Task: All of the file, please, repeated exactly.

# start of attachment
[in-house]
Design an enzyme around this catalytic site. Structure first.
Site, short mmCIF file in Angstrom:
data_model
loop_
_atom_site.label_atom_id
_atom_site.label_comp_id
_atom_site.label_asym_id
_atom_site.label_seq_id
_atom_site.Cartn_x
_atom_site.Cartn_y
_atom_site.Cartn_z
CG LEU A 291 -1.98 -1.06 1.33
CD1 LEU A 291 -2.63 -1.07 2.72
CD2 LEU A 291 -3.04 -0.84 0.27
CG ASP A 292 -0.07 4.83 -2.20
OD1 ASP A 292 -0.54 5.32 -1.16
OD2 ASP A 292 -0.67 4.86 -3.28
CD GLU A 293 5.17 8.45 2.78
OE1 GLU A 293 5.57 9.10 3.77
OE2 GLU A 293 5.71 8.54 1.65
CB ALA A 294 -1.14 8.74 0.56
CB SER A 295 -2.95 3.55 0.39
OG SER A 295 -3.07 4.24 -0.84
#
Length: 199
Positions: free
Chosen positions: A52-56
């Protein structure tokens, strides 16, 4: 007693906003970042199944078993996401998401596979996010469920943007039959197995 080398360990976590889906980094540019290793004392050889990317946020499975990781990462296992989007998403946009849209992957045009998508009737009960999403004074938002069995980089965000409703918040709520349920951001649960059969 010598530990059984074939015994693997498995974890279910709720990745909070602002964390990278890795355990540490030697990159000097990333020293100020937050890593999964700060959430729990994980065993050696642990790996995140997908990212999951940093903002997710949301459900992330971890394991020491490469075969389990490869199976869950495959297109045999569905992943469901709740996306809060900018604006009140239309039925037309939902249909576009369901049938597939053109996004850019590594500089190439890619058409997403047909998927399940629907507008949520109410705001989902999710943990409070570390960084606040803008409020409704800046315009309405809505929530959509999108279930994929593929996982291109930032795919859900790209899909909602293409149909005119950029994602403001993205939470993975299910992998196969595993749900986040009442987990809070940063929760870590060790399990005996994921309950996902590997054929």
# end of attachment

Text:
[in-house]
Design an enzyme around this catalytic site. Structure first.
Site, short mmCIF file in Angstrom:
data_model
loop_
_atom_site.label_atom_id
_atom_site.label_comp_id
_atom_site.label_asym_id
_atom_site.label_seq_id
_atom_site.Cartn_x
_atom_site.Cartn_y
_atom_site.Cartn_z
CG LEU A 291 -1.98 -1.06 1.33
CD1 LEU A 291 -2.63 -1.07 2.72
CD2 LEU A 291 -3.04 -0.84 0.27
CG ASP A 292 -0.07 4.83 -2.20
OD1 ASP A 292 -0.54 5.32 -1.16
OD2 ASP A 292 -0.67 4.86 -3.28
CD GLU A 293 5.17 8.45 2.78
OE1 GLU A 293 5.57 9.10 3.77
OE2 GLU A 293 5.71 8.54 1.65
CB ALA A 294 -1.14 8.74 0.56
CB SER A 295 -2.95 3.55 0.39
OG SER A 295 -3.07 4.24 -0.84
#
Length: 199
Positions: free
Chosen positions: A52-56
């Protein structure tokens, strides 16, 4: 007693906003970042199944078993996401998401596979996010469920943007039959197995 080398360990976590889906980094540019290793004392050889990317946020499975990781990462296992989007998403946009849209992957045009998508009737009960999403004074938002069995980089965000409703918040709520349920951001649960059969 010598530990059984074939015994693997498995974890279910709720990745909070602002964390990278890795355990540490030697990159000097990333020293100020937050890593999964700060959430729990994980065993050696642990790996995140997908990212999951940093903002997710949301459900992330971890394991020491490469075969389990490869199976869950495959297109045999569905992943469901709740996306809060900018604006009140239309039925037309939902249909576009369901049938597939053109996004850019590594500089190439890619058409997403047909998927399940629907507008949520109410705001989902999710943990409070570390960084606040803008409020409704800046315009309405809505929530959509999108279930994929593929996982291109930032795919859900790209899909909602293409149909005119950029994602403001993205939470993975299910992998196969595993749900986040009442987990809070940063929760870590060790399990005996994921309950996902590997054929």